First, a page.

By the end of the night this evening, The Globe was a glob, meaning we have given it a basic shape. Our gentlemen should have their lines down by the beginning of next week and they can truly begin embodying their characters and telling the story.

Who can turn a glob into a globe?

Sunday, February 15, 2015

The Great Globe Itself: Choreography

Rehearsals for The Great Globe Itself began in earnest last Wednesday. For three nights we met in our rehearsal room, and sat and read and talked. Actually, they did a lot of reading, and I did a lot of talking. But we all sat, looking at books and pictures, sharing stories and tackling several interesting English dialects – OP, Midwestern American, and a few modern of British.

Chuck, our dialect coach, worked one-on-one with each guy while the rest of us kept reading and studying. I threw so much stuff into this script, I have been anxious about how it would be handled by the actors, any actors. By the end of Friday night I was pretty confident that things were on track.

It’s weird, for several years now rehearsals for the outreach tour began in mid-January, with performances commencing the second full week of February. For years we have had a performance on Valentine’s Day -- we auspiciously opened Double Heart on Valentine’s Day itself. Yet we had yesterday off. If we had our traditional schedule, today we would have held our first Sunday afternoon show for an audience braving temperatures below 0° to attend this hot show. I am very glad we pushed the production back a few weeks this year.
Friday evening we took a little field trip … downstairs. I took our gentlemen into the only theater in Northeast Ohio that approximates the conditions of performance present in the Globe Theatre: the Hanna. Safety regulations prohibited our men from standing or working on the thrust stage, but they did have the chance to stand in the house and gaze up into the galleries, and to take in the stage as an Elizabethan audience member might, from all sides, from in the historic boxes.

Tonight, choreography! I have such vivid, happy memories of the dances Carli created for Double Heart. Critics in New York commented upon James’s and Emily’s dance together … sure, I wrote some good lines, but the dancing was how audiences believed they had fallen in love.

The men in Globe, they are not dancing to fall in love. They have work to do, their characters have work to do. Their characters are actors, preparing for a performance, and warming up. That is one of the pieces.

The other piece Carli has prepared is inspired by the curtain call dance, or “jig” which would have been expected from Shakespeare’s audience. If his text is to be believed (or rather, if you are to expect the opinions of certain of the Bard’s characters to be his own opinions) then Shakespeare hated concluding his performances with dancing. But what are you gonna do? The groundlings expect a jig and by gar, we're gonna give them one.

Saturday, February 7, 2015

The Great Globe Itself: Set Design

Scale model: Terry Martin
This is a play about a building. The play is named after a building, the phrase The Great Globe Itself is from The Tempest, as Prospero describes how all things must eventually end, how life is merely an illusion.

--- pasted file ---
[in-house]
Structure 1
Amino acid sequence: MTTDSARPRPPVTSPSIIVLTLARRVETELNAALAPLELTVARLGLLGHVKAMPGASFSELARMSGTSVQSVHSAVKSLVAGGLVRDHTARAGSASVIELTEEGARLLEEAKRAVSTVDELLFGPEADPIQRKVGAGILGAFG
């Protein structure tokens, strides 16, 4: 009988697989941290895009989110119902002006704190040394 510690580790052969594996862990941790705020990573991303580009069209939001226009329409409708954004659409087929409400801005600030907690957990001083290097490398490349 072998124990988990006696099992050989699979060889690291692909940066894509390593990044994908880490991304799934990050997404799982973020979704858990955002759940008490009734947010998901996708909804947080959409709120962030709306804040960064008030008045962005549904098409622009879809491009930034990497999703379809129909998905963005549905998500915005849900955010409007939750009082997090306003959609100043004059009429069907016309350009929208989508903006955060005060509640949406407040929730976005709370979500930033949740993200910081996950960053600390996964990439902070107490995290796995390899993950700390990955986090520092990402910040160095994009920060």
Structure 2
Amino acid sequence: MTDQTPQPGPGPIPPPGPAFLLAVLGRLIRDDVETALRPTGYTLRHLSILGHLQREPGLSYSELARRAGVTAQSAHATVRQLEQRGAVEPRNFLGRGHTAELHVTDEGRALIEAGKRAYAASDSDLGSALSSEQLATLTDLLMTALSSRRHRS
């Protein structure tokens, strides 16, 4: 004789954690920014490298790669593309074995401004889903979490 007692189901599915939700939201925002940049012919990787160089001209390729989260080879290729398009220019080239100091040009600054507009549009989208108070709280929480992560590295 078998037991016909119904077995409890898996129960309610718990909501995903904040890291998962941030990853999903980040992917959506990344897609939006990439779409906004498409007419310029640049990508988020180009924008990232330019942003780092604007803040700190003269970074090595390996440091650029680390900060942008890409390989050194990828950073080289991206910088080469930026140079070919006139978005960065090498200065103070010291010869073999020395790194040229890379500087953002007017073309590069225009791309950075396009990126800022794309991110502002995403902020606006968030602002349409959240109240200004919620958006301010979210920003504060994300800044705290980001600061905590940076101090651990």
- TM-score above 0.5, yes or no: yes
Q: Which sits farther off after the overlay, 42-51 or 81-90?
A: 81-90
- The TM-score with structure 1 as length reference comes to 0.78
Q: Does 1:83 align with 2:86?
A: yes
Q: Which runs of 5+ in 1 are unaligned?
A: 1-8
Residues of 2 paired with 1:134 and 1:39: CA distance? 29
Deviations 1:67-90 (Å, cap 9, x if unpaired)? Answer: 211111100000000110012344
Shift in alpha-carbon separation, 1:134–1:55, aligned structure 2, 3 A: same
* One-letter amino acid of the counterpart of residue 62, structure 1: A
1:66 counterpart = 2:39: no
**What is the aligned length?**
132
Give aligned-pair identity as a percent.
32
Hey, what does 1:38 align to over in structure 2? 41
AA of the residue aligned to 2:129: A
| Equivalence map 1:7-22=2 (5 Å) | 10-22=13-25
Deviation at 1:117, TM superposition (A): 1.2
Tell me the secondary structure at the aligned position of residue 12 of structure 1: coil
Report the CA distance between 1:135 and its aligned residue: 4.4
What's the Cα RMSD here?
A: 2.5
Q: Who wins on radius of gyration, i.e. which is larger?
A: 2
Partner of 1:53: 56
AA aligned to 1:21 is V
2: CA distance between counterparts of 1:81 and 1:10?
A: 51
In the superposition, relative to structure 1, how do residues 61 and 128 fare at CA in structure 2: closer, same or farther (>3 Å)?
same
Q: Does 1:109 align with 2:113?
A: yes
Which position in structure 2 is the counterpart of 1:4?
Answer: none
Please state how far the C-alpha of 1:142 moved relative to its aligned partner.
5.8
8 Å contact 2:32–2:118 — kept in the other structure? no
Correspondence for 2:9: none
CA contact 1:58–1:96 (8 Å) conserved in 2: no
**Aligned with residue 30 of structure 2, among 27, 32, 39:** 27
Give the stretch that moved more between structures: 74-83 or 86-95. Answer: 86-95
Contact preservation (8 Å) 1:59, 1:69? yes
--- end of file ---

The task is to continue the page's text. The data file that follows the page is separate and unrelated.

"We are such stuff as dreams are made on, and our little life is rounded with a sleep."
Indeed. The entire play takes place in our around one of three Globe Theatres. In our first meeting, scenic designer Terry Martin and I discussed how literal this set should be. We agreed what we did not want was for it to look like anyone's set for The Complete Works of William Shakespeare (abridged).

Not like this.
The word "rendering" was introduced several times, and in fact shortly after our first production meeting, when Todd and I were conceptualizing the production image with the folks at TRG, they themselves chose the word "rendering" to describe the item Arthur's character would be holding in his hand. This idea of the Globe in the form of a ground plan or blueprint had definitely taken shape.

May I offer you a Globe?
We will be rehearsing in a small office downtown, per usual. This is good, because if the set fits into the rehearsal space, then we know we can manage to squeeze it into pretty much any of our locations.

See: "Complete Works" poster in the background.
This has got to be one of the simplest, most elegant, and lightest touring sets we have ever had. And it is ideal, representing the Globe artistically as architecture.

Stage right presents backstage, the Tiring House, the storage in the Heavens, costumes and all that.

Stage left, the galleries, the public area occupied by audience members. Performers in the show refer to the galleries several times, but our work will be performed largely in non-theater spaces with one level of audience, on the floor.

Here we see the foreshortened "Heavens" - the ceiling over the Globe stage. These columns suggest the thrust of the theater's platform stage, but will work in a shallow stage space like that at Lakewood, but also provide a "launching pad" into the audience which will work extremely well at Workshop Players. I am very excited to see how this simply device will work in all of the different spaces, large and small.

Terry drew these designs himself, by hand, and though it is hard to tell from these photographs (because these photographs I took aren't very good) the surface has the patina of parchment. This is his original model, life-size!